iGEM - How Students Shape the World of Science

iGEM (or international Genetically Engineered Machine) is a non-profit, student competition for synthetic biology. Synthetic biology combines methods from life sciences with construction principles from engineering. Every year, the competition inspires thousands of students to work together in teams and push the boundaries of synthetic biology by tackling everyday issues facing the world. Students from different scientific backgrounds build, test, and measure a system of their own design using interchangeable biological parts and standard molecular biology techniques. The aim is to use biological materials to construct specific systems that are useful for society.

Due to different professional backgrounds, the participating students can learn from each other across discipline boundaries. The talents and abilities of each individual are thereby optimally used. In addition to the development and implementation of the projects, they are involved in ethics, biosafety, social justice, and education. The teams link up and help each other through international cooperation. From generating project ideas to procuring the laboratory tools and sponsors, the students organize themselves independently. Each year, the teams present their projects at the Giant Jamboree in Boston, where the most innovative projects are awarded prestigious prizes under strict evaluation criteria. We at Biomol see a great opportunity for young students in iGEM and support the team of the University of Hamburg for the 3rd time in succession.

iGEM’s Most Fascinating Projects: A Story of Success

iGEM projects often serve as proof of concept and prototype testing, which is an ideal basis for dissertation projects and start-ups. Over 150 start-ups have already been founded based on iGEM projects. Here is a list of some of the most fascinating projects:

  • In 2019, the team from the University of Copenhagen won the iGEMers Prize for "Ovulaid," a hormone-sensitive chewing gum that enables women to identify their fertile phase.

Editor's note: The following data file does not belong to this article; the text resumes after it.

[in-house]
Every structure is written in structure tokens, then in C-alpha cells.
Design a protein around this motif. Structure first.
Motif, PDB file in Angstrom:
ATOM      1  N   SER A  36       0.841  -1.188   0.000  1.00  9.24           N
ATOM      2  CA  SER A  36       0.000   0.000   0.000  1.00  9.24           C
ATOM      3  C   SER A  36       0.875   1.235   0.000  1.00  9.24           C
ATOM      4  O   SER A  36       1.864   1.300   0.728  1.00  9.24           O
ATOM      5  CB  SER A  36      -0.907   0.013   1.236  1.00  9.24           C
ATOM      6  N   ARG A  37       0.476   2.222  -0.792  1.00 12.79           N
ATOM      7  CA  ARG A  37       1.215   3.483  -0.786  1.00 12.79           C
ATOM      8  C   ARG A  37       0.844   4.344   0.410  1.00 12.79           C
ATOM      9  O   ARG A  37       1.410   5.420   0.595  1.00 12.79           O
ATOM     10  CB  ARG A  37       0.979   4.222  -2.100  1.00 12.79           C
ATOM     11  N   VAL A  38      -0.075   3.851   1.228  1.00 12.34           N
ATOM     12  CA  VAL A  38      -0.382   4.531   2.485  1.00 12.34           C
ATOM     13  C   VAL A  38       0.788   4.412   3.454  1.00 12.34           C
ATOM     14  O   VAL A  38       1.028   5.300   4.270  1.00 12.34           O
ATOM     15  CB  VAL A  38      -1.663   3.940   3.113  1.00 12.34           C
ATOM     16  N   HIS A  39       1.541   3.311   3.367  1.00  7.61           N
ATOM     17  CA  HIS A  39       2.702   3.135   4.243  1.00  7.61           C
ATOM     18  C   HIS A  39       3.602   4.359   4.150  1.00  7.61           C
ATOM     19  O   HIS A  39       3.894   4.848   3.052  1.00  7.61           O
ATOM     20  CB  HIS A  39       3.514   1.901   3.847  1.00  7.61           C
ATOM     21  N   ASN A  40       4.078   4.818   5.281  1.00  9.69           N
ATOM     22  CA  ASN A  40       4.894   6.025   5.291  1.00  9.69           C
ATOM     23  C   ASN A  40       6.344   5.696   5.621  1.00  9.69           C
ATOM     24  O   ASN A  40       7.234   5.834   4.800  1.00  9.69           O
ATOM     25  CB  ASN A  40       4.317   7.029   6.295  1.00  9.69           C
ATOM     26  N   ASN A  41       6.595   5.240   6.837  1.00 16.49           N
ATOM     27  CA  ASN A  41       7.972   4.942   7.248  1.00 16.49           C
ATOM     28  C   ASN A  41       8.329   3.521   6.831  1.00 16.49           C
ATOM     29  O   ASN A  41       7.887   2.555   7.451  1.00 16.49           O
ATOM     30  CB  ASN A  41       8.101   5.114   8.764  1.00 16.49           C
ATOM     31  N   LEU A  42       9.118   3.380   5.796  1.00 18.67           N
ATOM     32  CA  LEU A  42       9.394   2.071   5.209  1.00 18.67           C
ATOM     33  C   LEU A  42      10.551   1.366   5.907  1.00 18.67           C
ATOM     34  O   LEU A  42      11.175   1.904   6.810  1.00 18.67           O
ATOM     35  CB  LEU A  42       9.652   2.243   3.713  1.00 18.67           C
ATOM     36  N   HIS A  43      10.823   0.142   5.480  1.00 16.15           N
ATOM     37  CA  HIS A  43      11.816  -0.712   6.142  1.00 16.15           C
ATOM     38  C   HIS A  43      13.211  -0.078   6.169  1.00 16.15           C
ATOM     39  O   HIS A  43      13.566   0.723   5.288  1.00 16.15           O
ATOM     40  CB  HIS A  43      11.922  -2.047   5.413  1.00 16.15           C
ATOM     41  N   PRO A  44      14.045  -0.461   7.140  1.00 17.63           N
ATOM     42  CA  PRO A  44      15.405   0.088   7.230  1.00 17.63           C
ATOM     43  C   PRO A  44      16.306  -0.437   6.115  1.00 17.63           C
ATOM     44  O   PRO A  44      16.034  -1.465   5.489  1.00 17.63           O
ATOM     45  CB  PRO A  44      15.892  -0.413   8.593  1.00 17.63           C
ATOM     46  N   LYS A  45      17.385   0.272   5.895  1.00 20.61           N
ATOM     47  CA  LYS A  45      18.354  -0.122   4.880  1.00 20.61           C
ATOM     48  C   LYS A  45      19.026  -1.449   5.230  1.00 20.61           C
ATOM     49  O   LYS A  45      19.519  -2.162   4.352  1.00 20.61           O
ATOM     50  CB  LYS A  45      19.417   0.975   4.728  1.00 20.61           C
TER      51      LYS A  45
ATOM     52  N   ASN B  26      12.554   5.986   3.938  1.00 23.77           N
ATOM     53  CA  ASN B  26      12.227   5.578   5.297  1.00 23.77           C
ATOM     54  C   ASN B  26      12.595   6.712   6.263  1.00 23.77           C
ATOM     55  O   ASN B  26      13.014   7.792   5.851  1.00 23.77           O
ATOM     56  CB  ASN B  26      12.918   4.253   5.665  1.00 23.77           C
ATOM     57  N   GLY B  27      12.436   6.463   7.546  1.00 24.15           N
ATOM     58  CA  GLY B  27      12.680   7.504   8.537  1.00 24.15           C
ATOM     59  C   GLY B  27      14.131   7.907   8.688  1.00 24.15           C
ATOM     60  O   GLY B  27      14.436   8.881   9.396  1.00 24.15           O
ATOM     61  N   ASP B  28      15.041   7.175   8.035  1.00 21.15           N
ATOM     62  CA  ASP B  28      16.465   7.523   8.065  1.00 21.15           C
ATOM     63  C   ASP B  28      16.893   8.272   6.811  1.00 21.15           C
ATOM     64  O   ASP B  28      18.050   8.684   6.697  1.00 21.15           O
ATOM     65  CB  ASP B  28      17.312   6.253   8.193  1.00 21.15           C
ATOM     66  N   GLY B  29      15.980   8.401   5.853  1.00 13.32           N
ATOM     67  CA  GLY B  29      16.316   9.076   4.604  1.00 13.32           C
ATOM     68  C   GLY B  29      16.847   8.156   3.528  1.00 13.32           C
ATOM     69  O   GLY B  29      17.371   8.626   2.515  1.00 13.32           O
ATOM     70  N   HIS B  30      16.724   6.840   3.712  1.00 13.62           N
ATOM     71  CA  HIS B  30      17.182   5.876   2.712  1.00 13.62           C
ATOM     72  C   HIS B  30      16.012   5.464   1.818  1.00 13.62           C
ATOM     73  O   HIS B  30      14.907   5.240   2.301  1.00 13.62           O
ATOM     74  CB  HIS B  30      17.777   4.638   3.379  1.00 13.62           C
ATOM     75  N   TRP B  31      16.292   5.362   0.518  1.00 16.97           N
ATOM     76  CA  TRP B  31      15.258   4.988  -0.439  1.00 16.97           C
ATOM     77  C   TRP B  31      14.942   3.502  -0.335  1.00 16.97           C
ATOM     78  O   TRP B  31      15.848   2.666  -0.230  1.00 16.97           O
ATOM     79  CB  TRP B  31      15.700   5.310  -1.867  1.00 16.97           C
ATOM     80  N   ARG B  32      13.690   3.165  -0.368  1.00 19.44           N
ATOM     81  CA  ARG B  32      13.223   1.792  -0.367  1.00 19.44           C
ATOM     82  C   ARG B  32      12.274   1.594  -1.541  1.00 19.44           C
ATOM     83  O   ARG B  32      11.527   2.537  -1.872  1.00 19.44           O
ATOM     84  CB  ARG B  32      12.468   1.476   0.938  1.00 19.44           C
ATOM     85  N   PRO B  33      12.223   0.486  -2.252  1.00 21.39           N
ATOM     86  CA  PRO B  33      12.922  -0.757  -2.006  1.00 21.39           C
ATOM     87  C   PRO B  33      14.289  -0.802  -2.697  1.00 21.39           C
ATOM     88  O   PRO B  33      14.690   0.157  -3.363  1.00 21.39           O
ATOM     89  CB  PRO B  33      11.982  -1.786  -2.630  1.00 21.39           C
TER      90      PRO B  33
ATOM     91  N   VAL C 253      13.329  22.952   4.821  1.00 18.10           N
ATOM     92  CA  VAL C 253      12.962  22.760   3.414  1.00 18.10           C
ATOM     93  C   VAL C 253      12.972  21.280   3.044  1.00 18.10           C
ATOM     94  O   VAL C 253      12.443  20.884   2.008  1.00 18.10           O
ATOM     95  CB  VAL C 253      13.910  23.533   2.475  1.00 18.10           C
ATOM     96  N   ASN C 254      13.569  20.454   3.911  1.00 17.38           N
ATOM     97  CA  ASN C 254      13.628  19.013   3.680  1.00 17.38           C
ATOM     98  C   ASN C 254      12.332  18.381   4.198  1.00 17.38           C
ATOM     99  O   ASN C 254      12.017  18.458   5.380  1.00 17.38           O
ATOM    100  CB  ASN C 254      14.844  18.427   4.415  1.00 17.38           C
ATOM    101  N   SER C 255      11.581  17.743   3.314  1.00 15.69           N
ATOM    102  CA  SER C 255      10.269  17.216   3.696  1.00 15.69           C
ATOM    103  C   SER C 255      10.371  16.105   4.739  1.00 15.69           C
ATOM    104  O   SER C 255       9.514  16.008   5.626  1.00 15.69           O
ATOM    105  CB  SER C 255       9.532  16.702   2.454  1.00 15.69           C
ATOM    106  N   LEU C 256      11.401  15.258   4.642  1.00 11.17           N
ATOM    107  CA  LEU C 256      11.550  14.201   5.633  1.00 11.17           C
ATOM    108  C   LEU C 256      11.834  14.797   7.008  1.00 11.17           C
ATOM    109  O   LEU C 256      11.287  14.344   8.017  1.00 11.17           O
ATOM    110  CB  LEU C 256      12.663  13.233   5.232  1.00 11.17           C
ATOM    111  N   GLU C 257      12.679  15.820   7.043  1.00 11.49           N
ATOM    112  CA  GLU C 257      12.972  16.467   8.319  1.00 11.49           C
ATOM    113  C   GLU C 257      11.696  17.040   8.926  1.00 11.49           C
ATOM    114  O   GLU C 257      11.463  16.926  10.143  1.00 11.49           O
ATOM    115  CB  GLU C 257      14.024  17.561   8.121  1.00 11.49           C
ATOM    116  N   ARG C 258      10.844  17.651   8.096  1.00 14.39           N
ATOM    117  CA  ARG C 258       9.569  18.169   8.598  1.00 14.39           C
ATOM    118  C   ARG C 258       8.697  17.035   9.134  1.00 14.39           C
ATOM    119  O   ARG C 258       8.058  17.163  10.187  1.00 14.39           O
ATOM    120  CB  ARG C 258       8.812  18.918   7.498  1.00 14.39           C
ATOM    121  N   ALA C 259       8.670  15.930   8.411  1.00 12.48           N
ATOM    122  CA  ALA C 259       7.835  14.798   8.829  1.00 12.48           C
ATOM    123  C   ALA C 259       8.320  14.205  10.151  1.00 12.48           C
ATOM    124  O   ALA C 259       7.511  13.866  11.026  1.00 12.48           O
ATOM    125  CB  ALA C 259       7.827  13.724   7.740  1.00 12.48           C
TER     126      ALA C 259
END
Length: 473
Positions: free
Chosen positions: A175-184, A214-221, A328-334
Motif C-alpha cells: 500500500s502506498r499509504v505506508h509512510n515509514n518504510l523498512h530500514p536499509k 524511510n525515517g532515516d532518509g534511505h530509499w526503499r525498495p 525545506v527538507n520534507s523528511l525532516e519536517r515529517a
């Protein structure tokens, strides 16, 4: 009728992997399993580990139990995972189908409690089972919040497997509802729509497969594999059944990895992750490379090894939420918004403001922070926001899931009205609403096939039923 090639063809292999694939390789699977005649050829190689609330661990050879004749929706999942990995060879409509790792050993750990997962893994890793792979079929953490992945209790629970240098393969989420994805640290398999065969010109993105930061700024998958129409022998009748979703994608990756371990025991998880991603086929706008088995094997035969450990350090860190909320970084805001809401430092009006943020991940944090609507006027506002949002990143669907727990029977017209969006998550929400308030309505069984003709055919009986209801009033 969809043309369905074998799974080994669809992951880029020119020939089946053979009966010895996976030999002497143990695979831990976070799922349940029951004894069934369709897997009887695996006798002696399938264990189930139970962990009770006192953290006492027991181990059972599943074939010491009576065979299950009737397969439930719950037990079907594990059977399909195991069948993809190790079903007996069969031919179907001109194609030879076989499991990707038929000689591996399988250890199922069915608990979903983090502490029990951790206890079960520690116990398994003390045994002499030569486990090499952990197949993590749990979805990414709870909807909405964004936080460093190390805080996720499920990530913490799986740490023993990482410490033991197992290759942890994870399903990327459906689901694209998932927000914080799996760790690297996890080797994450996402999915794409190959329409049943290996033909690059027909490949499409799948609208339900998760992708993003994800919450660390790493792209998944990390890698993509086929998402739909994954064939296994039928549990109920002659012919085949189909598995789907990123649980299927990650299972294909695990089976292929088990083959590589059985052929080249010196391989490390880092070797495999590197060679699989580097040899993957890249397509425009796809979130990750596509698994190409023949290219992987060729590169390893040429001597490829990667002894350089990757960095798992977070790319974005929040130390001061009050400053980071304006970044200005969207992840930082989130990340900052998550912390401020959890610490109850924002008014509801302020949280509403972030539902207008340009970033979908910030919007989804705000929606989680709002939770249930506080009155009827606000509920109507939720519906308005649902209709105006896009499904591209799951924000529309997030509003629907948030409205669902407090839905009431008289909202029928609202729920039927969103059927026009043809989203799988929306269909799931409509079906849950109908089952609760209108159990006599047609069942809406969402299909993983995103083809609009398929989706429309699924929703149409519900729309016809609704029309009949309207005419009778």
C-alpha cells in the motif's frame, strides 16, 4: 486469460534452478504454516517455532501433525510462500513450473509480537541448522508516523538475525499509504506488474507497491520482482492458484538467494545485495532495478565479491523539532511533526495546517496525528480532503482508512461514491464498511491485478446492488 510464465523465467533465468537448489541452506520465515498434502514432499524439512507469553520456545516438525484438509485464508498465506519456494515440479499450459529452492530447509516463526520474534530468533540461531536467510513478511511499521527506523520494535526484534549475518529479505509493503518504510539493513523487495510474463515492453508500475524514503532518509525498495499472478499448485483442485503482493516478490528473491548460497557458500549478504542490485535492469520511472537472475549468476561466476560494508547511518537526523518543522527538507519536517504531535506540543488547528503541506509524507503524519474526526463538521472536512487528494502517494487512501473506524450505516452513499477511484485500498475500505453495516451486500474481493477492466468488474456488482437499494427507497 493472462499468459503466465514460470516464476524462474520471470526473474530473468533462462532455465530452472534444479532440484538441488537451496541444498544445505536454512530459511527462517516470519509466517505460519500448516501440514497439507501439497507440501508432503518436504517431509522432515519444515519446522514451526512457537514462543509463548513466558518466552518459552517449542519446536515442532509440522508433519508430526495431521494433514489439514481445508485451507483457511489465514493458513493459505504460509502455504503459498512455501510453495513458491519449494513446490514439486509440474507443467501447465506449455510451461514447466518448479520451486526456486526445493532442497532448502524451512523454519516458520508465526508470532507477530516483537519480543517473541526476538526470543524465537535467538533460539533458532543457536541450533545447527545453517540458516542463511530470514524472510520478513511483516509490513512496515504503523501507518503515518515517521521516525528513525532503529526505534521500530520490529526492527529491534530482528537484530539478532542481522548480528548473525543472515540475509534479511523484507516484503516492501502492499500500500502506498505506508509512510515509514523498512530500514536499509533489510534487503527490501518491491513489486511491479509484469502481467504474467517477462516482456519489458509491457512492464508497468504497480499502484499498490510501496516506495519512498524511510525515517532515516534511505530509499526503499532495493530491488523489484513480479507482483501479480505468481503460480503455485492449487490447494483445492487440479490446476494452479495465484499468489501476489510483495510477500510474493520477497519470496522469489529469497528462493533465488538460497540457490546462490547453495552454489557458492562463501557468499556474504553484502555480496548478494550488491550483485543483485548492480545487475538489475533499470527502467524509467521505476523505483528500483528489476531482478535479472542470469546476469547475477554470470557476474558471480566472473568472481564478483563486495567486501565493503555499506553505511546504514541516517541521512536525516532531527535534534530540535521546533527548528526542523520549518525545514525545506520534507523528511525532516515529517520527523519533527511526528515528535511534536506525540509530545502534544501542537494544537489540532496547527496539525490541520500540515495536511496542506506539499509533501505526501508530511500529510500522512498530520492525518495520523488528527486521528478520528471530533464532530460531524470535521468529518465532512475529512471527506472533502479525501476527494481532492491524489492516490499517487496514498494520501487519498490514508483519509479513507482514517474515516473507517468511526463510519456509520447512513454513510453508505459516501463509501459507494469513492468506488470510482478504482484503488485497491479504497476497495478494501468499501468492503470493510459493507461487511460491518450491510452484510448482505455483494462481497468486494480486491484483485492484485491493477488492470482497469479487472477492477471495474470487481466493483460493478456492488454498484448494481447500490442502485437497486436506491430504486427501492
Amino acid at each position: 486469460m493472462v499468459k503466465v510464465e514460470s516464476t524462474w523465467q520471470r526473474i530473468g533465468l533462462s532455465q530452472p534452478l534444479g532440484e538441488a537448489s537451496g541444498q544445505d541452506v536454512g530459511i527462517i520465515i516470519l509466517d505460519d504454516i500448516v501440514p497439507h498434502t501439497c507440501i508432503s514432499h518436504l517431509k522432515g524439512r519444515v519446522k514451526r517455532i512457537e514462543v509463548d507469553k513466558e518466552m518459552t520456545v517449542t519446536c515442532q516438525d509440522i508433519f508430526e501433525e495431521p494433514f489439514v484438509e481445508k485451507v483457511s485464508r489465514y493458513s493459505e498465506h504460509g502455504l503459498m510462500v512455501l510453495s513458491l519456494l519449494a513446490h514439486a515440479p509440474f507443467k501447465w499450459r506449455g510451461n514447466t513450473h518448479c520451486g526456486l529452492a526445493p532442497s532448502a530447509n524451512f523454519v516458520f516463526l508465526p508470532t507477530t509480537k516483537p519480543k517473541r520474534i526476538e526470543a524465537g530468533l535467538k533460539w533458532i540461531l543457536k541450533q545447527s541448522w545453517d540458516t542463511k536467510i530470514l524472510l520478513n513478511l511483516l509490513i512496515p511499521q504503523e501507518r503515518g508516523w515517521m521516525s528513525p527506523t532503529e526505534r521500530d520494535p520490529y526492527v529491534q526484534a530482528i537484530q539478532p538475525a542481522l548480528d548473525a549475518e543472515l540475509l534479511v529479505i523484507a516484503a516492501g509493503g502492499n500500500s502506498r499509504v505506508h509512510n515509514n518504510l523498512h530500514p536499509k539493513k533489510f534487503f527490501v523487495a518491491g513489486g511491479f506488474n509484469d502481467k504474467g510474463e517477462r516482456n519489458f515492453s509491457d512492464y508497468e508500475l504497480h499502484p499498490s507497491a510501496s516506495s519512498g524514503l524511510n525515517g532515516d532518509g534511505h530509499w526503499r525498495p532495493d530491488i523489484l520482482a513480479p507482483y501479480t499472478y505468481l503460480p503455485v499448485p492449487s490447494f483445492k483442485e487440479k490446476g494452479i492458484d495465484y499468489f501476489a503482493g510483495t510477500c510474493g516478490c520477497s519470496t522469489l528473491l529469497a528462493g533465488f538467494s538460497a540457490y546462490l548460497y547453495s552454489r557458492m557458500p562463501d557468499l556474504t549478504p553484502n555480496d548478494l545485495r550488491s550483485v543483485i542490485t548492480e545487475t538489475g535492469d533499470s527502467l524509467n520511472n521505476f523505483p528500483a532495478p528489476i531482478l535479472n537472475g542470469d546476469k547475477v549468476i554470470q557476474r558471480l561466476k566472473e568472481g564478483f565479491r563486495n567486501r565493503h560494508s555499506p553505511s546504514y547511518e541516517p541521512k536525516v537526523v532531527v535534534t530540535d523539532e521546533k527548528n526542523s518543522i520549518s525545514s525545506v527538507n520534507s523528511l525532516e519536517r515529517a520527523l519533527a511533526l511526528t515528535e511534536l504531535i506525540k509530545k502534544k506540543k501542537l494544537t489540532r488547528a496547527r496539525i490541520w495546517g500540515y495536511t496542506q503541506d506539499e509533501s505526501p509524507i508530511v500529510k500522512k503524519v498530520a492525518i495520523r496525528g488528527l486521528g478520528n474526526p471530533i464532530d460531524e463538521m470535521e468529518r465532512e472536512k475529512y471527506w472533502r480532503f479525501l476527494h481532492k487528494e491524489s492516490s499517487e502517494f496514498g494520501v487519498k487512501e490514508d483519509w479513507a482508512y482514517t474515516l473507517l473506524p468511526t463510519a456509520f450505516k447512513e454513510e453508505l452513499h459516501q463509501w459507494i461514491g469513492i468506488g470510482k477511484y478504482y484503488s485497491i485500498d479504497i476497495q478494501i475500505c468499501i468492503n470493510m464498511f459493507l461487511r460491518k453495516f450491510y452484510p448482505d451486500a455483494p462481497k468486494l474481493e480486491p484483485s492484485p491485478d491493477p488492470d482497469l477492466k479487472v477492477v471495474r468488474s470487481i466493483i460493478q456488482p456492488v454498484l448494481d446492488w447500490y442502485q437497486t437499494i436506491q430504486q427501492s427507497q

• In 2018, the team from the University of Hamburg won a gold medal for the malaria mosquito trap "S.H.I.E.L.D.” (Sustainable Human-Imitating Elimination & Lure Device) and was able to obtain a patent.
  • In 2016, a silver medal and the iGEMer's Prize went to Team Hamburg for the project "Finding Clamydory," a diagnostic method for detecting Chlamydia trachomatis.
  • In 2015, the team from the University of Israel worked on "The Boomerang System," a CRISPR/Cas9-based system that enables the detection and depletion of cancer cells.
  • In 2013, the team from the University College London developed the "Darwin Toolbox," a safe, user-friendly, and affordable biotechnology laboratory in a 13” x 11” box. This later developed into the successful start-up company Bento Lab.


Team Hamburg’s Current Project

This year's iGEM team from Hamburg has concentrated on the problem of pathogen infestation by fungi, bacteria, or viruses in agriculture. Many of the pathogens interact with the cellular machinery of the crop plant. Against this mechanism, a targeted suppression of pathogenic gene expression is to be developed. The project could reduce crop losses without relying on harmful pesticides.

A new and innovative mechanism should achieve this goal without affecting the biomass production of the plant negatively. The team is currently working to test the mechanism provisionally on a prototype made of yellow fluorescent corn. The mechanism will be used to suppress the fluorescence in corn to mimic potential pathogen resistance. A mathematical model to determine the effectiveness of the mechanism has already been generated and the majority of the required DNA constructs have been completed.

The project entitled "Unicorn - An A-maiz-ing Concept" is scheduled for completion within a year and already has potential for a patent.

Tags: Biomol